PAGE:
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Cat or Dog Cancer Rates By Breed

Related articles
Dog Breeds With Higher Than Normal Cancer Rates*   Dog Breeds With Lower Than Normal Cancer Rates*
Golden Retrievers   Miniature Pinschers
German Shepherd Dogs   Papillions
Poodles   Saint Bernards
Boxers   Cavalier King Charles Spaniels
Rottweilers   Pekingese
Shetland Sheepdogs   Akitas
Cocker Spaniels   Pomeranians
Doberman Pinschers   Great Pyrenees
Beagles   Bloodhounds
Miniature Schnauzers   Newfoundlands
Shih Tzus   Mastiffs
    Chesapeake Bay Retriever
    Bichon Frise
*Tufts University has a Veterinary Cancer Registry that looks at dogs in North America. Their information suggests the following dog breeds have higher rates of cancer than would be predicted:   *Tufts University has a Veterinary Cancer Registry for dogs in North America. Their information suggests the following dog breeds have lower rates of cancer than would be predicted:
Most likely to develop cancer*   Least likely to develop cancer*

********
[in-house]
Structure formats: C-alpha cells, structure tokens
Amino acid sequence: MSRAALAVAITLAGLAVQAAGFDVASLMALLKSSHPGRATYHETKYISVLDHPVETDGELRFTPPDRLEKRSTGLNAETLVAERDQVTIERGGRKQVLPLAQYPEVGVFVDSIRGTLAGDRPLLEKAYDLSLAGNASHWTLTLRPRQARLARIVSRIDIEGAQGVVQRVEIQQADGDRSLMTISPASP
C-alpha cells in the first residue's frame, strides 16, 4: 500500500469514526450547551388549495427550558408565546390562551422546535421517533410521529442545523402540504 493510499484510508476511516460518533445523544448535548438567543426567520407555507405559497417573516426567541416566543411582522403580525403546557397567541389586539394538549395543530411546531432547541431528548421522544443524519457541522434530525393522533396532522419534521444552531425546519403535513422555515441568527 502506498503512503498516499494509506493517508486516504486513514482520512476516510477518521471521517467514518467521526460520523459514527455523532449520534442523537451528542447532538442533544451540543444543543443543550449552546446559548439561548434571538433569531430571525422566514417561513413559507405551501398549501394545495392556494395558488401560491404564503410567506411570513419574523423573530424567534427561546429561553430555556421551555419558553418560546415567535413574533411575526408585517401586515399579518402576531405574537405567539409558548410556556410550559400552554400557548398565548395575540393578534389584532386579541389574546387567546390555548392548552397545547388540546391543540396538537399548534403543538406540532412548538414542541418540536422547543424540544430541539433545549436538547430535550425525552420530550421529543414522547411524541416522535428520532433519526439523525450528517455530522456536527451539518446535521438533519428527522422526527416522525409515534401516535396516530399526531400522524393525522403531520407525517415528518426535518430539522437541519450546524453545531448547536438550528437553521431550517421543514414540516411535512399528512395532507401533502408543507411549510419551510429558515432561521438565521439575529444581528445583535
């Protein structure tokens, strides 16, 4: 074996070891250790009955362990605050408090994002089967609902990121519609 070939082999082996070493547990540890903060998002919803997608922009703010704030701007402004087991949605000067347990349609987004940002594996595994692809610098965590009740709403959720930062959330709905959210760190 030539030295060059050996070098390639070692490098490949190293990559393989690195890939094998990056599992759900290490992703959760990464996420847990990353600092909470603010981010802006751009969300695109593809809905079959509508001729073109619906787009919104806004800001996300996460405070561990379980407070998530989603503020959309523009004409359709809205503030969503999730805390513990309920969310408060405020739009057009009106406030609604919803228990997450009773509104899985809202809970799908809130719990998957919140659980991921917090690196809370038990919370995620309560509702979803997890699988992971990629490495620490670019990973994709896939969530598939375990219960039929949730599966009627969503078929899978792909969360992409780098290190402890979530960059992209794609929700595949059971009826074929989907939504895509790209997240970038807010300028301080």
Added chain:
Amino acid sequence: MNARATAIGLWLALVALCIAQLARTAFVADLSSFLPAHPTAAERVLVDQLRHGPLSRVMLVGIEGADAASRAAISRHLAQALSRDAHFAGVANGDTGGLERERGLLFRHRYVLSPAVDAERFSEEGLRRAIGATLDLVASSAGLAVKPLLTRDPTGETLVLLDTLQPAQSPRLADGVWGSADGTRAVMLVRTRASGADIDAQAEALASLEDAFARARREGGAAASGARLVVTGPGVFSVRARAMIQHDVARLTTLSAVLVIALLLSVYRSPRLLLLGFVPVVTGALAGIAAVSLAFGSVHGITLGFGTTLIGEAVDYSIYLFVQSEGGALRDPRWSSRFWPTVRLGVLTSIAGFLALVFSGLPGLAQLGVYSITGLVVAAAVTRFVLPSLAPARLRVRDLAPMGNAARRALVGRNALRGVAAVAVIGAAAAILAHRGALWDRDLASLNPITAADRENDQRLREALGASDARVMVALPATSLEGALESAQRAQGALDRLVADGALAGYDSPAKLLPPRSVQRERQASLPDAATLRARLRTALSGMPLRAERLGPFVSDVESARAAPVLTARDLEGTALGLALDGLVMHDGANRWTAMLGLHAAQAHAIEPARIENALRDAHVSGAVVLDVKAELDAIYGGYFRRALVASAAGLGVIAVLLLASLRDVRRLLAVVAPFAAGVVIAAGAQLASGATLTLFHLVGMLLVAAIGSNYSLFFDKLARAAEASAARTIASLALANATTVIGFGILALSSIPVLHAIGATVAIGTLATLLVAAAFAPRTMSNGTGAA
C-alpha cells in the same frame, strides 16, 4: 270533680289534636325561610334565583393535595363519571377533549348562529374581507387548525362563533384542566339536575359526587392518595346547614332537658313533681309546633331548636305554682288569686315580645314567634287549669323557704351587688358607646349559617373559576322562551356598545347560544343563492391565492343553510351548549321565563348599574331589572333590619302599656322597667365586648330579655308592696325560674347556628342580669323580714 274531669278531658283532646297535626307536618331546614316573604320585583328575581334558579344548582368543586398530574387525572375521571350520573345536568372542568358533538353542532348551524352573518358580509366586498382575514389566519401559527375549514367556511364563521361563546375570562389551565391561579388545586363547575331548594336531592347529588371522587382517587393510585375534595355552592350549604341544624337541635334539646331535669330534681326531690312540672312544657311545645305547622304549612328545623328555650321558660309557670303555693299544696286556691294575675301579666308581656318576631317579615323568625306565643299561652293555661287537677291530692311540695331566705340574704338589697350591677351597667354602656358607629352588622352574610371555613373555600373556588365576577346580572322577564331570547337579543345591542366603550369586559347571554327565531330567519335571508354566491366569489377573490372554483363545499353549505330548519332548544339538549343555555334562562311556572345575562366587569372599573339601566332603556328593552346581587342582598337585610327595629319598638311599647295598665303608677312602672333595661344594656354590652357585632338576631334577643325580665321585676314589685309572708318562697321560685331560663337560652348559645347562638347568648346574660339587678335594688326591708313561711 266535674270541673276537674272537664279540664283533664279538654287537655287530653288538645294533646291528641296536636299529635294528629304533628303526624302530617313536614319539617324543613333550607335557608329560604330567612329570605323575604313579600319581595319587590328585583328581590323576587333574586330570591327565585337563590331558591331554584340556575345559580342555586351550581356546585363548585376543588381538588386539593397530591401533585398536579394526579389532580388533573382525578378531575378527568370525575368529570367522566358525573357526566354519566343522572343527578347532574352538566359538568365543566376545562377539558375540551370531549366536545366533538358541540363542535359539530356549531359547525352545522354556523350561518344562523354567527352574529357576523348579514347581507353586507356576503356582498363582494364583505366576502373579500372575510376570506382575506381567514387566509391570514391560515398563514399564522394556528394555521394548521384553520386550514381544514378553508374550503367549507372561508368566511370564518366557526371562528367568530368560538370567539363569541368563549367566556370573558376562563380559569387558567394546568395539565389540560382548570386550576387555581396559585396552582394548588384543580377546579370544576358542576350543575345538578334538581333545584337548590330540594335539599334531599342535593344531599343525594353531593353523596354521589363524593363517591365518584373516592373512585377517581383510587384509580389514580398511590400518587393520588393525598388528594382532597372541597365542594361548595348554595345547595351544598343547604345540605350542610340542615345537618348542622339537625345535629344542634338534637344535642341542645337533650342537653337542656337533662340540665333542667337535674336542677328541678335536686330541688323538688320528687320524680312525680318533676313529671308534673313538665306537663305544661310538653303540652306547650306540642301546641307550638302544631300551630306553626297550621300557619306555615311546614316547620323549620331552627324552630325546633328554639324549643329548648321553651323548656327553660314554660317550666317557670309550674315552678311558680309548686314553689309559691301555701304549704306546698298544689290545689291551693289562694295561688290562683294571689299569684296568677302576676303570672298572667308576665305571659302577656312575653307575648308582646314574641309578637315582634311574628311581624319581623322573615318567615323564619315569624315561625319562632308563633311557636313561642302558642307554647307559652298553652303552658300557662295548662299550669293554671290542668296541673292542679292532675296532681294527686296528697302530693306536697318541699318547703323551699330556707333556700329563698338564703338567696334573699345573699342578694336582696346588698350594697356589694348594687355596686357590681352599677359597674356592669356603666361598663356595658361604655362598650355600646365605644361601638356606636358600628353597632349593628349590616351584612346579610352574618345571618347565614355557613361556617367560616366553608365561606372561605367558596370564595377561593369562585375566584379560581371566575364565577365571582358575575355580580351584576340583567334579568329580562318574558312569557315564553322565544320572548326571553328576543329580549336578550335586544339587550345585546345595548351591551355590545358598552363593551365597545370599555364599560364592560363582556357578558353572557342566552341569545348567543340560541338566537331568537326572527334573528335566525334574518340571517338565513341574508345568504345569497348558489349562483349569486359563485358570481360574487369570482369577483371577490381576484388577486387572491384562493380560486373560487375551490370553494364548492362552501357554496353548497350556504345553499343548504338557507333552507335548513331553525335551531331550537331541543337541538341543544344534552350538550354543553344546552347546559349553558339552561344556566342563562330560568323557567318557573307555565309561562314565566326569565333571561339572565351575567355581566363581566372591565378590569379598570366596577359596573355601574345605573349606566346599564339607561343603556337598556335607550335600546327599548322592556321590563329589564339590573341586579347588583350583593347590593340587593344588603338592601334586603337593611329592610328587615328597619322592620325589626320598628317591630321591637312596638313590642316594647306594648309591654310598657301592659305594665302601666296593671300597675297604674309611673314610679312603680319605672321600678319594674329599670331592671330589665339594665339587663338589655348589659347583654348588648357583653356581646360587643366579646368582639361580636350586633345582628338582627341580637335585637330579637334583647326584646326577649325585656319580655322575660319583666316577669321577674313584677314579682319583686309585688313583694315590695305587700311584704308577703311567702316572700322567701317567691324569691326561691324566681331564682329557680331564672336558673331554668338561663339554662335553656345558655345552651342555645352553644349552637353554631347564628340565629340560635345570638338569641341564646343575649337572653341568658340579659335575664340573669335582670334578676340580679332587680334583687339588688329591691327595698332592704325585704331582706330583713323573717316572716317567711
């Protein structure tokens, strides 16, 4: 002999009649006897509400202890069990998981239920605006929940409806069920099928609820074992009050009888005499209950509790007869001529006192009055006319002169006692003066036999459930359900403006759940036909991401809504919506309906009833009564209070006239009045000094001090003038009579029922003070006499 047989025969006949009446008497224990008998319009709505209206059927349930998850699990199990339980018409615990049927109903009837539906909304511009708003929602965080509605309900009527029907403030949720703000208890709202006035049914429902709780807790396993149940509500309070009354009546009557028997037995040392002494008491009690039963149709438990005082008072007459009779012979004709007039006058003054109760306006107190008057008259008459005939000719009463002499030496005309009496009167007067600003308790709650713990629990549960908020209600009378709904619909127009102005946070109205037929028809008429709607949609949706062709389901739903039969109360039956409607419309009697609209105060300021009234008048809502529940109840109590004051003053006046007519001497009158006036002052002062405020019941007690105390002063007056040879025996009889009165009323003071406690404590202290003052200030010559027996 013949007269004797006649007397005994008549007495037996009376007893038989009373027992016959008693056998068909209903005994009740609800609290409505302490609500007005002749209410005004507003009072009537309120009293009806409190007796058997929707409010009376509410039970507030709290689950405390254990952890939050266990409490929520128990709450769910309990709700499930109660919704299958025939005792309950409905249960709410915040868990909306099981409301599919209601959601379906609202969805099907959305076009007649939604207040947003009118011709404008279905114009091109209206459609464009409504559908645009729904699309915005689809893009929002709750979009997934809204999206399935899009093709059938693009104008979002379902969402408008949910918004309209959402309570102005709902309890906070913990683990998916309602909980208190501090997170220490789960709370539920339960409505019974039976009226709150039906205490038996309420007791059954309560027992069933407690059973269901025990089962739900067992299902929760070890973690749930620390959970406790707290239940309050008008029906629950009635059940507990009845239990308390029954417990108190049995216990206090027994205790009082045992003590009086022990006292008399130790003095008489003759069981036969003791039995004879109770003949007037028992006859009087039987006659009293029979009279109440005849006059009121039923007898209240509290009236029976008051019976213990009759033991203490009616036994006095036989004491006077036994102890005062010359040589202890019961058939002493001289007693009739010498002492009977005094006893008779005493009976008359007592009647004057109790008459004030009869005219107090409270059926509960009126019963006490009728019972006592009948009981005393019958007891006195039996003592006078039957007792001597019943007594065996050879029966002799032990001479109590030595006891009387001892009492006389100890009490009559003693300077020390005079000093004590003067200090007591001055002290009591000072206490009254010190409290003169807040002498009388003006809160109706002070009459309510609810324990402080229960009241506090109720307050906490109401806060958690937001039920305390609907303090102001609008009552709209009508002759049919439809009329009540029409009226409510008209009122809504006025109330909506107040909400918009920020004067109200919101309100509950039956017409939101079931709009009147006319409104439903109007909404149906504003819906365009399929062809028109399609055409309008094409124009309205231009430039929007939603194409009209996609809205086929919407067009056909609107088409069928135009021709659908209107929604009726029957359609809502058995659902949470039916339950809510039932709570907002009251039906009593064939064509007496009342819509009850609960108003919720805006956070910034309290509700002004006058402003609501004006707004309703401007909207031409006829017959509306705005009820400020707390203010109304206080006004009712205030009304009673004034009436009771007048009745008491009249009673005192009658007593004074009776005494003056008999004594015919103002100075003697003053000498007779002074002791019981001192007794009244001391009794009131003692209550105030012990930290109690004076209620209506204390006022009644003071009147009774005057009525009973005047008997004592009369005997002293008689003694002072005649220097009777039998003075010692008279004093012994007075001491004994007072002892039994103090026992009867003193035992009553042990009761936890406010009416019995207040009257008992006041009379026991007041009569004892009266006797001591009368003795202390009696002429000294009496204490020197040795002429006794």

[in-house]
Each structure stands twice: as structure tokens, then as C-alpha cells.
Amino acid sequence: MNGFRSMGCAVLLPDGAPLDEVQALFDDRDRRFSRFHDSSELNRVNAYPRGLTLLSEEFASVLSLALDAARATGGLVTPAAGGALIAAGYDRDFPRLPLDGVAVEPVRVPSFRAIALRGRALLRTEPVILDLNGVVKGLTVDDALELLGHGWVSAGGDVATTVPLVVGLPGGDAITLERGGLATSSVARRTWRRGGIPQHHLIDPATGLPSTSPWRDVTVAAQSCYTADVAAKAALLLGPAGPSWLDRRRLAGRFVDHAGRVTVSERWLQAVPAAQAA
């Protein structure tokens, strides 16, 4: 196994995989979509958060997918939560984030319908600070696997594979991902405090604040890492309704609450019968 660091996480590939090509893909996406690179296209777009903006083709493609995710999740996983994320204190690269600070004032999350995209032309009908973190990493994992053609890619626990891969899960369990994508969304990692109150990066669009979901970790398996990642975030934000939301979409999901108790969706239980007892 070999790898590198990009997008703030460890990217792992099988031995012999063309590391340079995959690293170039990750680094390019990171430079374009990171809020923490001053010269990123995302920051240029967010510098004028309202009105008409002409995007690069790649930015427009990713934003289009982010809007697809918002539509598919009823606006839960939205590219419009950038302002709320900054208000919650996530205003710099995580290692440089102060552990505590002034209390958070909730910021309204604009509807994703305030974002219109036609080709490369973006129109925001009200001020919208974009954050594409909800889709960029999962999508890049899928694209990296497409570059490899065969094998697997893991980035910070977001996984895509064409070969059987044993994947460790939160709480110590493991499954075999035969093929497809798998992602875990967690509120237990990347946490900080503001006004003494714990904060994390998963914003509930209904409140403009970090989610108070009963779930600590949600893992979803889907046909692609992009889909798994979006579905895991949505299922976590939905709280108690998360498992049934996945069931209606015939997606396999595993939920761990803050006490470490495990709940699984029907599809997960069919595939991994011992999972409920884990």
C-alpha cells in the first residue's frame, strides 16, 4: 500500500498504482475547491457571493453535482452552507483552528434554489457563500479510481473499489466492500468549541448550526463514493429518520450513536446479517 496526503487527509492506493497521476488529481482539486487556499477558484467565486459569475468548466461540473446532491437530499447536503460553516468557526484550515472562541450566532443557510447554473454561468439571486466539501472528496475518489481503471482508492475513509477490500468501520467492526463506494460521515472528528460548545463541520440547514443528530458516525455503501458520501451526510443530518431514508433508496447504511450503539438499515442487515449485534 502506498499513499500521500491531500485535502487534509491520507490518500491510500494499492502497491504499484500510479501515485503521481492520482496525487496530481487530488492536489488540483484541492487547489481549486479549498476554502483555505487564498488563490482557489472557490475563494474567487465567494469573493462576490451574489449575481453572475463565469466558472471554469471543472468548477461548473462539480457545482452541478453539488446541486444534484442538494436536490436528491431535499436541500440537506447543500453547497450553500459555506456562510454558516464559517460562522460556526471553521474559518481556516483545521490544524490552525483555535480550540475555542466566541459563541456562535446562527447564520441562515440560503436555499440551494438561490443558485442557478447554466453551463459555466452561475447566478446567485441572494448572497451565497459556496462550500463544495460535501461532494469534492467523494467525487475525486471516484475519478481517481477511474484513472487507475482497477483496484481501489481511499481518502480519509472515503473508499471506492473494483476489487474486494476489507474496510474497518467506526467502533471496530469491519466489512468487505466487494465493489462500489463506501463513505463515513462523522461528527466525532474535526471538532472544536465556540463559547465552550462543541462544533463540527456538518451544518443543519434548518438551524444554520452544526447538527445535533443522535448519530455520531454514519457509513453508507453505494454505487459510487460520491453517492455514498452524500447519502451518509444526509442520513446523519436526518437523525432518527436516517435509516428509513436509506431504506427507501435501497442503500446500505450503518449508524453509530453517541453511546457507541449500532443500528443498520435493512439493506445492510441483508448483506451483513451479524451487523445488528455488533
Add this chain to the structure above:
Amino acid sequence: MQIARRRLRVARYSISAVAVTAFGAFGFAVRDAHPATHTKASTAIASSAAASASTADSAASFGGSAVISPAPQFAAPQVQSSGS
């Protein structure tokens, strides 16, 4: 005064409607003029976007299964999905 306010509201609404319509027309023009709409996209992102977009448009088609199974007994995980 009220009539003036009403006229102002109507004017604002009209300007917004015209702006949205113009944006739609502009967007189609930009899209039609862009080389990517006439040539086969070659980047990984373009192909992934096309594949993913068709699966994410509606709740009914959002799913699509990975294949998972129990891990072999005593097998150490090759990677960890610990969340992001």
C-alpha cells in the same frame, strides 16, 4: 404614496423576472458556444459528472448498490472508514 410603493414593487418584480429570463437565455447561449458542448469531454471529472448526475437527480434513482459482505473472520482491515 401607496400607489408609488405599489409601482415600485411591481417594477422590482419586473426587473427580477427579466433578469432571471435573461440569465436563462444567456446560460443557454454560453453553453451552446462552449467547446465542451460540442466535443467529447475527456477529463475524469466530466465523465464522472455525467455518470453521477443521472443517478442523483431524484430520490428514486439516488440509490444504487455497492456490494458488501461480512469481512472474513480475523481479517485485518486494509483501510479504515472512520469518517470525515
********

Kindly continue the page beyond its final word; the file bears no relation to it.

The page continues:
Bernese Mountain Dogs   Airedales
Boxers   Beagles
Giant Schnauzers   Dachshunds
Standard Poodles   Irish Setters
Rottweilers   Jack Russell Terriers
Irish Wolfhounds   Rough Collies
Cocker Spaniels   Yorkshire Terriers
Doberman Pinschers    
German Shepherd Dogs    
Saint Bernards    
Great Danes    
Basset Hounds    
*European studies indicate the following breeds are most likely to develop cancer.   *European studies indicate the following breeds are the least likely to develop cancer.

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  • After ten years of age, cancer kills 50% of dogs
  • In younger dogs, cancer kills about 33%
  • About 33% of cats die of cancer
    Foods without toxins
  • Taste Of The Wild Dry Dog Food
  • Supplement with Green-Tea and Omega 3
  • Be Well
  • Antioxidants and Vitamins
  • 1-800-PetMeds Super VitaChews
  • Evsco Antioxidant
  • Denosyl
  • Marin
    This information is for educational purposes only and is intended to be a supplement to, and not a substitute for, the expertise and professional judgment of your veterinarian. The information is NOT to be used for diagnosis or treatment of your pet. You should always consult your own veterinarian for specific advice concerning the treatment of your pet.

    The information about medications is not intended to cover all possible uses, directions, precautions, warnings, allergic reactions, drug interactions or adverse effects, nor should it be construed to indicate that use of a particular drug is safe, appropriate or effective for your pet. It is not a substitute for a veterinary exam, and it does not replace the need for services provided by your veterinarian.

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